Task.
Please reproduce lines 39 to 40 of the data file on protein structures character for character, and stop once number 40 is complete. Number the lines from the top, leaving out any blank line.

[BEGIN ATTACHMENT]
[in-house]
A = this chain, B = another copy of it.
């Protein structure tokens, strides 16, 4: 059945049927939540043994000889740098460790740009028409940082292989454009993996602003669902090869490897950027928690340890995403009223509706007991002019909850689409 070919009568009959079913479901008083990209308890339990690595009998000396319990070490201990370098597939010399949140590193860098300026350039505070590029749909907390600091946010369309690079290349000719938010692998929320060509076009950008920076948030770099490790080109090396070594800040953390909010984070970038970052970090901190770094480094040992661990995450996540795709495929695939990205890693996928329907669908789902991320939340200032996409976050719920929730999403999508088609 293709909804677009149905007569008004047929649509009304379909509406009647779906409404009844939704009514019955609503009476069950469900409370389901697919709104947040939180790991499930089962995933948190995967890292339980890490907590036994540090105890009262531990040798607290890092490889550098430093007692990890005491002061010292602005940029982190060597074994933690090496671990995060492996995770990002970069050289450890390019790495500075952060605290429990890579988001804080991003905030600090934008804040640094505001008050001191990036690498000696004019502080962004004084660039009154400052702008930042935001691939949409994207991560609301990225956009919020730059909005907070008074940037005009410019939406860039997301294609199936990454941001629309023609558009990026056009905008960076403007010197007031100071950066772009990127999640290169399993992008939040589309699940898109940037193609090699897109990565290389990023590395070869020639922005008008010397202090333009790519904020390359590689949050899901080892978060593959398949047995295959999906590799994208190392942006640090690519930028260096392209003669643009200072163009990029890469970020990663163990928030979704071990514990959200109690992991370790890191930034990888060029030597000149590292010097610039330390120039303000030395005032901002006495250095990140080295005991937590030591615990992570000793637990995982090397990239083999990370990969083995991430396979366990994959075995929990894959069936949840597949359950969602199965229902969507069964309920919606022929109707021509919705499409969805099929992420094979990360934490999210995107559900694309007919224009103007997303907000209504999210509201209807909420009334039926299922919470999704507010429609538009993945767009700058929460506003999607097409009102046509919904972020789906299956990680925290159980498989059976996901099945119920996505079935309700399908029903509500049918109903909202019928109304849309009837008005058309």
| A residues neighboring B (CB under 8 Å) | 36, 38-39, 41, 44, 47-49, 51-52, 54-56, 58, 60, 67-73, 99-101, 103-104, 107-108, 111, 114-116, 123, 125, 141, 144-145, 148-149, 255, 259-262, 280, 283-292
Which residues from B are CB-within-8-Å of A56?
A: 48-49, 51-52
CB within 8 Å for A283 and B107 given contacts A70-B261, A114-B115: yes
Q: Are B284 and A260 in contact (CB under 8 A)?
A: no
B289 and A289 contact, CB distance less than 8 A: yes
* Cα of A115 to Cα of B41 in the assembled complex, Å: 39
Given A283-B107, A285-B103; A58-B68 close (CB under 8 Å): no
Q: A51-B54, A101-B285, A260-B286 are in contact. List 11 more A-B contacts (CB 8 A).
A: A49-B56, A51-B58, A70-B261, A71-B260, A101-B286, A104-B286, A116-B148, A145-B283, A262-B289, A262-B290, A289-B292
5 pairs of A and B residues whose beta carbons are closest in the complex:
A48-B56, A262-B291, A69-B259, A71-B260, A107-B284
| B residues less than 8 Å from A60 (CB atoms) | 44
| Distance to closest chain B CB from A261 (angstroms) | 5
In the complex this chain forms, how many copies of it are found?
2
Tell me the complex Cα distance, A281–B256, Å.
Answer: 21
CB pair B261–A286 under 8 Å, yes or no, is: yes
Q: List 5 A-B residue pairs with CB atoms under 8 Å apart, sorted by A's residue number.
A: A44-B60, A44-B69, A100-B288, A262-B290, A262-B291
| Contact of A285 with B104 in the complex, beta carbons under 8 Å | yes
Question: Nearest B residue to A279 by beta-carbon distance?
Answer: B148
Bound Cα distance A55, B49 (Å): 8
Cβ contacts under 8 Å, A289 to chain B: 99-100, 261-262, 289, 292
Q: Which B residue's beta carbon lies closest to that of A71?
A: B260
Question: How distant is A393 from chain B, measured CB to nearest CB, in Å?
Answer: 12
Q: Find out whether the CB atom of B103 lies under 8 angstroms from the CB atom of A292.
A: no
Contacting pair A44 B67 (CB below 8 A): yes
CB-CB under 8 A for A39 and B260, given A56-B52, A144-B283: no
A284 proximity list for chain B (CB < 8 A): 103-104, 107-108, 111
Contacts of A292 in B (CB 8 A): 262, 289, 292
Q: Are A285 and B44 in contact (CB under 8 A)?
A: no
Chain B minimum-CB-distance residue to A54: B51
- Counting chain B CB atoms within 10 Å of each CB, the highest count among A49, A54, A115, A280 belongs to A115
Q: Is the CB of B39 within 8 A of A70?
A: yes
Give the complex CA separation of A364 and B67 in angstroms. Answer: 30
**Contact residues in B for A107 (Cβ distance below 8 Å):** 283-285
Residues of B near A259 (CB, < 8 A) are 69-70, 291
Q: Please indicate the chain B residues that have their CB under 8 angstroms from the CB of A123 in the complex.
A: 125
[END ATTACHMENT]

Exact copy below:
A284 proximity list for chain B (CB < 8 A): 103-104, 107-108, 111
Contacts of A292 in B (CB 8 A): 262, 289, 292